Epsom salts are inexpensive, easy to find, and have copious amounts of uses in the garden, house, and around the homestead. The handy little carton or bag of magnesium sulfate should also be a part of any natural first aid kit.
Epsom salts are named for the English town in which they were discovered bubbling up from a spring. Sea salt also contains magnesium, but standard table salt does not – it is made from a sodium chloride mineral compound.
We do not use any chemical is our homestead growing plots or apothecary patch. Epsom salts have become one of our natural go-to grocery and medicine growing aids.
Those tiny little white particles help prevent destructive pests, heal wounds, soothe swelling, and do a bang up job of cleaning a plethora of common household items.
What Is Epsom Salt?
Epsom salt is comprised of both magnesium and sulfate. When the body lacks the proper amount of magnesium, in excess of 300 different enzymes can be distributed.
Some of the enzymes that rely on magnesium to function properly include those that contribute to controlling blood pressure, the cardiovascular system, and hyperactivity.
Sulfate is vital for the formation of protein in joints, flushing toxins from the body, maintaining mucin proteins, and maintaining healthy brain tissue, according to the Epsom Salt Council.
Top Epsom Salt Uses
1. To help trees better absorbs soil nutrients. Soak the root ball in a mixture of 1/1 cup of Epsom salts and 1 gallon of water and ½ cup of Epsom salts for approximately 60 minutes. The root balls need to air dry completely before being planted in the ground.
2. To help cultivate robust tomatoes and peppers by warding off a magnesium deficiency. Combine 2 tablespoons of Epsom salts and 1 gallon of water. Spray the entire plant once every two weeks.
3. To repair or prevent yellowing leaves on plants, pour 1 tablespoon of Epsom salts around the base of the plant once every 14 days. You could also mix the same amount of Epsom salt with 1 gallon of water, and spray the plants from the top down every two weeks.
4. Mix equal parts Epsom salts and coconut oil to create a makeshift soap.
5. Keep raccoons out of the garden and away from the eggs in your chicken coop by sprinkling Epsom salts around the area to be protected. The salts must be reapplied after a rain,but should otherwise remain potent for about seven days.
6. Use Epsom salts as a quality natural fertilizing agent. The magnesium in the salts will help plants better absorb sulfur, phosphorous, and nitrogen in the soil.
Simply sprinkle the salts around the base of the plant on a weekly basis. Use sparingly and apply in the early morning or late afternoon hours. 1 cup of Epsom salts for every 100 feet of growing area treated is the general rule of thumb.
7. Remove excess oil from your hair by mixing up to 9 tablespoons of Epsom salt to your shampoo. Rinsing the hair with warm beer, lemon juice, or apple cider vinegar will also help eliminate excess oil.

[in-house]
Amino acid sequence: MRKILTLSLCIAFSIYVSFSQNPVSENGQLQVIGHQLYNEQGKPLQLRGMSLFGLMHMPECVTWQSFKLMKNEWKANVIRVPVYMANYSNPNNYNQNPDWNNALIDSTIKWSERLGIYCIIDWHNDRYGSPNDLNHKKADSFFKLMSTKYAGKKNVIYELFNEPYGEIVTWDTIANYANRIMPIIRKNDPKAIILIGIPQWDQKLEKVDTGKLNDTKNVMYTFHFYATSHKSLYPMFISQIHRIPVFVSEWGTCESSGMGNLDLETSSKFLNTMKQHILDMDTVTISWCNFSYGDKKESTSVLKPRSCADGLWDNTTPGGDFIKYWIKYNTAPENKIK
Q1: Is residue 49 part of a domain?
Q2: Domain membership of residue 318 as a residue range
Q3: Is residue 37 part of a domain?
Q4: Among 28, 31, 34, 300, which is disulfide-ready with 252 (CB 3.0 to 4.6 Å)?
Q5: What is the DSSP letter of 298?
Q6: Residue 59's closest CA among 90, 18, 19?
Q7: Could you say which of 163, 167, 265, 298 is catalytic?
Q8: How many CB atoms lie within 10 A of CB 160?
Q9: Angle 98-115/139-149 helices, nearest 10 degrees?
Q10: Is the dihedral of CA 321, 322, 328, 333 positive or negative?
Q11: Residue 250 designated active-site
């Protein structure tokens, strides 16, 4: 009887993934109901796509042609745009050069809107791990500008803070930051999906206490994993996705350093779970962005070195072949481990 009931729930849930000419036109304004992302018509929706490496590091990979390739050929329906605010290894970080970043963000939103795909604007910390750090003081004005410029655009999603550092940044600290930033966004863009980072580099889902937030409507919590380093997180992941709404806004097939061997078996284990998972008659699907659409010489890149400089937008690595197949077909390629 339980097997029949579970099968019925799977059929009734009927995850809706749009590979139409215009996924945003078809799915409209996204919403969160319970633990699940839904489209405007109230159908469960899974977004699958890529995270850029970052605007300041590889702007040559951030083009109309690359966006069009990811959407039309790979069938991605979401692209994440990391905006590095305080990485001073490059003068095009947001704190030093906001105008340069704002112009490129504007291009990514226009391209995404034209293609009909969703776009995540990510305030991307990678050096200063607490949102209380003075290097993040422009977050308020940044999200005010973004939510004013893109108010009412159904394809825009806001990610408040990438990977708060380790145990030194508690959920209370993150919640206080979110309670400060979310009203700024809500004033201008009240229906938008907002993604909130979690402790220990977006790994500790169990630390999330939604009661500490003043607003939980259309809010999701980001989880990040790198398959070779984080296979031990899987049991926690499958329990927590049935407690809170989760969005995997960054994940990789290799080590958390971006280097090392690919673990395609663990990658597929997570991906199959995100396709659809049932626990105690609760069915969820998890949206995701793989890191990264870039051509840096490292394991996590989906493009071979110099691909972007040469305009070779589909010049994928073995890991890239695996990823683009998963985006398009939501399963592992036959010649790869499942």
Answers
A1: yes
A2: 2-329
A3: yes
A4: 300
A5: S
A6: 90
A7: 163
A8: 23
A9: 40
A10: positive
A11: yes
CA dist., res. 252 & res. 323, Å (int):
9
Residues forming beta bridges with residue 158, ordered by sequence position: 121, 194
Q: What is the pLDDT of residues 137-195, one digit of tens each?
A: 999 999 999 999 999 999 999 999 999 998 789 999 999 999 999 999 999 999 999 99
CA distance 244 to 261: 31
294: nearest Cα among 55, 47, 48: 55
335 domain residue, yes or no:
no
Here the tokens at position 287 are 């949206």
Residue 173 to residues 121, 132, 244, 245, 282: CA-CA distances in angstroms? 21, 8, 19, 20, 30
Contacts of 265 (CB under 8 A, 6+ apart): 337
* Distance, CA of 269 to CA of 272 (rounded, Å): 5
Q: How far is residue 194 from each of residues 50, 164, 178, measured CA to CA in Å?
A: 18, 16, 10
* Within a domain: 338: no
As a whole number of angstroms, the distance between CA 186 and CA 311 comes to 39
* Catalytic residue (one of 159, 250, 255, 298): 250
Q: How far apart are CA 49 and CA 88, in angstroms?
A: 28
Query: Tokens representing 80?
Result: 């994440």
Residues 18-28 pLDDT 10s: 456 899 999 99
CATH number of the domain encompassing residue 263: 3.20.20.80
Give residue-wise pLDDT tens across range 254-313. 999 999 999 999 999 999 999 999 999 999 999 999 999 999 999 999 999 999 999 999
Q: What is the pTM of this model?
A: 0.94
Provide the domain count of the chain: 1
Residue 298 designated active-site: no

8. To clean surfaces that can withstand a mild abrasive agent, combine ½ of a cup of Epsom salts with 3 cups of warm soapy water.
9. Avoid transplant shock from young plants or seedlings by sprinkling 1 tablespoon of the salts into the lower section of the soil container several days before transplanting.
10. Slugs loathe Epsom salts because they scratch and irritate their flesh. Sprinkle the salts onto the sidewalk or in any area where slugs like to congregate.
11. Regenerate old batteries by combining ½ of a cup of distilled water and ½ of an ounce of Epsom salts. Soak the old batteries in the electrolyte solution to help improve conductivity.
12. Rid your homestead of weeds naturally without the use of caustic chemical by making an Epsom salt based spray. Combine 1 liter of distilled white vinegar, 2 tablespoons of Blue Dawn dish soap, and 4 tablespoons of the salts in a spray bottle. Shake vigorously to mix and then spray as needed – aim well, you do not want the vinegar getting on your plants or crops.
13. Improve the quality and green shade of your grass by infusing more magnesium into the soil. Combine 1 gallon of water and 2 tablespoons of Epsom salts to an agriculture sprayer, and treat your lackluster lawn by spraying liberally as needed – once a week should suffice.
14. Mix equal parts of the salts with water to make a natural homemade teeth whitener that might help combat periodontal disease.
15. Enhance the growth and production of fruit trees and berry bushes by infusing them with Epsom salts. Broadcast 1 tablespoon of the salts per every square foot of edible trees and bushes being treated. Epsom salts seems to work particularly well on plum, citrus, apple, and peach trees.
16. To remove unwanted tree stumps, drill multiple holes into the top using about a 1 inch bit. Fill the void halfway up with Epsom salts, and the rest of the way with water. Within about 7 to 14 days the tree stump should begin to decompose.
17. Exfoliate the skin by rubbing about one handful of Epsom salts onto a dampened area.
18. Mix your favorite deep hair conditioner with equal parts Epsom salts to use as a natural volumizer. Work the mixture, which should feel slightly warm, through the hair and allow it to sit for about 20 minutes before rinsing.
19. If you suffer a splinter, soak the injured body part in a mixture of Epsom salt and only enough water to form a thick paste texture to help pull out the splinter.
The salts are extremely shelf stable. When stored in a sealed container in a cool dry place, a container should last for at least five years – but quite possibly up to 10 years.
Tara lives on a 56 acres farm in the Appalachian Mountains, where she faces homesteading and farming challenges every single day, raising chickens, goats, horses, and tons of vegetables. She’s an expert in all sorts of homesteading skills such as hide tanning, doll making, tree tapping, and many more.